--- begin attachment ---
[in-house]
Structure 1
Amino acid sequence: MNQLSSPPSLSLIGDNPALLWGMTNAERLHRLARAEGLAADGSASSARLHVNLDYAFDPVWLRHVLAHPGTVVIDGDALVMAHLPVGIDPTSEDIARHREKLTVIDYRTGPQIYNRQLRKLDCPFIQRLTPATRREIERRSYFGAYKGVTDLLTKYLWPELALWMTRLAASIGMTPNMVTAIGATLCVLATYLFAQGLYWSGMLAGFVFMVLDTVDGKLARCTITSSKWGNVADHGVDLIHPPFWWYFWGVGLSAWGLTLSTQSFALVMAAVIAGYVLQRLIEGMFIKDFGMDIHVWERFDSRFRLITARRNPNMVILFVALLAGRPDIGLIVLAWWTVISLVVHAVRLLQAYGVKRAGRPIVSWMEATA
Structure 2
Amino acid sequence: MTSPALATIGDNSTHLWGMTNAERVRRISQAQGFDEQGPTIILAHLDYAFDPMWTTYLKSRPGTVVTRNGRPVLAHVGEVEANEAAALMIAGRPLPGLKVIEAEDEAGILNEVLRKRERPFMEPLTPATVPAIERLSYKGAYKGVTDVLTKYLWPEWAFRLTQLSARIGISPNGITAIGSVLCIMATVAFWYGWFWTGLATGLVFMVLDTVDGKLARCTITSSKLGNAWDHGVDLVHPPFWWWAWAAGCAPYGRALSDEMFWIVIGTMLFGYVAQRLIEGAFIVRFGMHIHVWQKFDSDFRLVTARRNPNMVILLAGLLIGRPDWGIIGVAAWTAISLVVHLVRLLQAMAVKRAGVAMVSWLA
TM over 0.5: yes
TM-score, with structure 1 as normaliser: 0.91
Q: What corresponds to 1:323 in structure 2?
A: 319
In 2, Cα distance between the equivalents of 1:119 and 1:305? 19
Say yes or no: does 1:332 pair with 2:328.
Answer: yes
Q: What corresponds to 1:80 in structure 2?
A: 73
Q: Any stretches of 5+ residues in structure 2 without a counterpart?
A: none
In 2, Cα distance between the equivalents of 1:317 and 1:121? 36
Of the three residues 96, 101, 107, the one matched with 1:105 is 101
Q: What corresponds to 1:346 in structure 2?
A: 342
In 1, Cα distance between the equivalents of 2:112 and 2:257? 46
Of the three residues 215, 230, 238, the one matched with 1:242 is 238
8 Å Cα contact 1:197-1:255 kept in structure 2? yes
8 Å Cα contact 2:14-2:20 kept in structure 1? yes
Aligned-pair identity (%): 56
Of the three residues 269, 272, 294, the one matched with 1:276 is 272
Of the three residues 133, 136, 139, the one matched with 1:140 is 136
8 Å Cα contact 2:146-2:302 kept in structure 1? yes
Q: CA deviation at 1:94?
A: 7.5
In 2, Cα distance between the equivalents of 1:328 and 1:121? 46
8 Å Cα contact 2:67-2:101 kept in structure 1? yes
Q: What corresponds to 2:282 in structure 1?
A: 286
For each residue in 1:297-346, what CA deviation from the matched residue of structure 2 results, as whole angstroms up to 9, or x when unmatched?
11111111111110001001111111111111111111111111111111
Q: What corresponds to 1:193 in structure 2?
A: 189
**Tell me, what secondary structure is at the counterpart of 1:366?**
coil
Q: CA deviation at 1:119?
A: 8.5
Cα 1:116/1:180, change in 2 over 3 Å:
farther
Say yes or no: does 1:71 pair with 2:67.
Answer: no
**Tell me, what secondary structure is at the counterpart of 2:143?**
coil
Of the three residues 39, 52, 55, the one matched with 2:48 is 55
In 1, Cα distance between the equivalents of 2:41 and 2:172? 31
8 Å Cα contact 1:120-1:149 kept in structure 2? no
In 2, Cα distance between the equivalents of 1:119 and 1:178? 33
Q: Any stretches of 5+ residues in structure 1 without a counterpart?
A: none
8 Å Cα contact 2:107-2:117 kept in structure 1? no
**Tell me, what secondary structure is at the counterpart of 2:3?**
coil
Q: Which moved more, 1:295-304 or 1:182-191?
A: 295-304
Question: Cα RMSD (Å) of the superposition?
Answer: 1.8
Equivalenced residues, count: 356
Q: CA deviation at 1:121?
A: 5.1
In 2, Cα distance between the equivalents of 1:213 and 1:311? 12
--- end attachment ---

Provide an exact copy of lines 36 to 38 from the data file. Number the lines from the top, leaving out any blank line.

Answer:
11111111111110001001111111111111111111111111111111
Q: What corresponds to 1:193 in structure 2?
A: 189